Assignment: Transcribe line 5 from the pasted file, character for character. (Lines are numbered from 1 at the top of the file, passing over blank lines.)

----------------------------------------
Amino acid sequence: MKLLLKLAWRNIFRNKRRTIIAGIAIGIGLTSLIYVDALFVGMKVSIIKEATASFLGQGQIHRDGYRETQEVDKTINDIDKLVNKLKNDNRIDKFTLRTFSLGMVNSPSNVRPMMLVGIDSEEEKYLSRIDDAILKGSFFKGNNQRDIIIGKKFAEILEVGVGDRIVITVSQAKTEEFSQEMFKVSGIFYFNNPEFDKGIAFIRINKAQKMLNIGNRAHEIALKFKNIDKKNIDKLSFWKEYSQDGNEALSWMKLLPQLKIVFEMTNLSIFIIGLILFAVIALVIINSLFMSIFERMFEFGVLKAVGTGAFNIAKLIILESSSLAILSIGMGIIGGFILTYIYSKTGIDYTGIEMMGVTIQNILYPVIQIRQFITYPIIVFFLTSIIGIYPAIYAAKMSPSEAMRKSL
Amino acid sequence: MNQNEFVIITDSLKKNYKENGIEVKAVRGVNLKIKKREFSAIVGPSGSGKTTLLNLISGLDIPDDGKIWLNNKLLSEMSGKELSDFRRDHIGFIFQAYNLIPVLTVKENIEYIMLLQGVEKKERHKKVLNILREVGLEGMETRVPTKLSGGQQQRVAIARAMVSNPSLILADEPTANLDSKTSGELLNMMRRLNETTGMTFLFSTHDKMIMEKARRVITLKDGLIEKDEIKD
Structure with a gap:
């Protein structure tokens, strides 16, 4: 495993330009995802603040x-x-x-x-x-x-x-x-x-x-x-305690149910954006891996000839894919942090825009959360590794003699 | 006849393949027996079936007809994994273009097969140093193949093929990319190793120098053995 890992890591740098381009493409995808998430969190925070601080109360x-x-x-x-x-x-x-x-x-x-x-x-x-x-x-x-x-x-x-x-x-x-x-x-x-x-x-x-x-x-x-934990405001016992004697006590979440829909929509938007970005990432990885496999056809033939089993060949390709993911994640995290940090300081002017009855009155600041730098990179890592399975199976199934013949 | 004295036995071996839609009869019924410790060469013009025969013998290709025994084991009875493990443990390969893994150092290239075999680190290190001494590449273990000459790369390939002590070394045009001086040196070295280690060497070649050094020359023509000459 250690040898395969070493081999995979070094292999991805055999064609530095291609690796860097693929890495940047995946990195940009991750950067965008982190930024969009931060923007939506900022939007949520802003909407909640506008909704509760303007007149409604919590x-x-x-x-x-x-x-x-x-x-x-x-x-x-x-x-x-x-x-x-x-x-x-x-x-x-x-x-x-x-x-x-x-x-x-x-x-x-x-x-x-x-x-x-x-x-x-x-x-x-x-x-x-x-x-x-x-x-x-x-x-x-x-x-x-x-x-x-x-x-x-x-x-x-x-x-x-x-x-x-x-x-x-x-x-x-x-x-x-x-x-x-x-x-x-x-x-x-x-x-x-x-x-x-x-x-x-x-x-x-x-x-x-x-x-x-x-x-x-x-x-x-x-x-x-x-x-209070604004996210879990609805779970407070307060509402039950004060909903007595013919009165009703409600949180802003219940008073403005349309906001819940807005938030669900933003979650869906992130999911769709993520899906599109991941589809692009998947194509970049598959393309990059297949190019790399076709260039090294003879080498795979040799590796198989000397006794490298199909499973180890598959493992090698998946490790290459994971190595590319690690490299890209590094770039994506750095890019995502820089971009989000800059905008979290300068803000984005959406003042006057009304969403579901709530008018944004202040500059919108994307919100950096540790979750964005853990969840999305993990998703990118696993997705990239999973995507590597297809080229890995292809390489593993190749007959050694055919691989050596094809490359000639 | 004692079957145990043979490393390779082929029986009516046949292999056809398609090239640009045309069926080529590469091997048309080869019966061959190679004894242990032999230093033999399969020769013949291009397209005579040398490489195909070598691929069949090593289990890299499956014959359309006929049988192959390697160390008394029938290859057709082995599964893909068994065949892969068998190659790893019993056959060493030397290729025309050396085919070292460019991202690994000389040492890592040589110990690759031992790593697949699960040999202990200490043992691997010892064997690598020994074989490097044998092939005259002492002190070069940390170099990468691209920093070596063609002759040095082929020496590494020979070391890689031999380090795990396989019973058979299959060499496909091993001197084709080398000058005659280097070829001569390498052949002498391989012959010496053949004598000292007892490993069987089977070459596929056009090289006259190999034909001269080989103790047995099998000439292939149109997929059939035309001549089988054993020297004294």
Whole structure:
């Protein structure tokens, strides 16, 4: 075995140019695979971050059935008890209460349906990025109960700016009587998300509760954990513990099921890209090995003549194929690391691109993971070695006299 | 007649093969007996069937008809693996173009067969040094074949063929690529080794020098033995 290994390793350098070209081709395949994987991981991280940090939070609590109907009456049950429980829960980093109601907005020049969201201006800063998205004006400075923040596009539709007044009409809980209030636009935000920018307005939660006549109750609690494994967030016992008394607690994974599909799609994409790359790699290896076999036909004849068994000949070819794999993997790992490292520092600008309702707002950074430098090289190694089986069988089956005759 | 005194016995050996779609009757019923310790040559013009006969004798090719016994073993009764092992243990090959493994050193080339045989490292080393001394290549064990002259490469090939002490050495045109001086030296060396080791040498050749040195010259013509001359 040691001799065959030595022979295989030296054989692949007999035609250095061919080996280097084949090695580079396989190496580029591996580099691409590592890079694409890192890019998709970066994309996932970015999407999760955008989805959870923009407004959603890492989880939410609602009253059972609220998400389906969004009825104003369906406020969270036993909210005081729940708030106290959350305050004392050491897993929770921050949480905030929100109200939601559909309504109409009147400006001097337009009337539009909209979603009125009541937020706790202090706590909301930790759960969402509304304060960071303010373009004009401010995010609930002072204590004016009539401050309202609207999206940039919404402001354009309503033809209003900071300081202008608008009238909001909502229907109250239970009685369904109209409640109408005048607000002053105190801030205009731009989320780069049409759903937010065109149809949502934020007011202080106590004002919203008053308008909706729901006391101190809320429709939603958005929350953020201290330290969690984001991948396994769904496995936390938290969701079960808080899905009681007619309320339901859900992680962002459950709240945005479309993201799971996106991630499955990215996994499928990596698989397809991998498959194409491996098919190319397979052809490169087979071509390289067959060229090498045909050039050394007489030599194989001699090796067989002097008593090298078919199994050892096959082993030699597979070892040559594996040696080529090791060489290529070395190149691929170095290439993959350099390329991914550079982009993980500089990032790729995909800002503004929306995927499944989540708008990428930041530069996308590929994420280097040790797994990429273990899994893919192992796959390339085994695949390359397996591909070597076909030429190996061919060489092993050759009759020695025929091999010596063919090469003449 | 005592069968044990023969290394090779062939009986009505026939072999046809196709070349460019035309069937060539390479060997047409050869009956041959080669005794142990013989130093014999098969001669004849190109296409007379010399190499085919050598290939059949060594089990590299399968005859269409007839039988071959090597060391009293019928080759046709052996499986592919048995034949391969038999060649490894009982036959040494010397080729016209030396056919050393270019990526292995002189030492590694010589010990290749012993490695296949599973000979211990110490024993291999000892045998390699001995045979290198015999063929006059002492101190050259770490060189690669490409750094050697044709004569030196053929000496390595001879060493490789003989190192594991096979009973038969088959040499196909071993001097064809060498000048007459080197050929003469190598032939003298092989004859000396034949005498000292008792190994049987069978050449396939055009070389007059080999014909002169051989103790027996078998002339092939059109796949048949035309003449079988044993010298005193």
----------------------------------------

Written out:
Whole structure: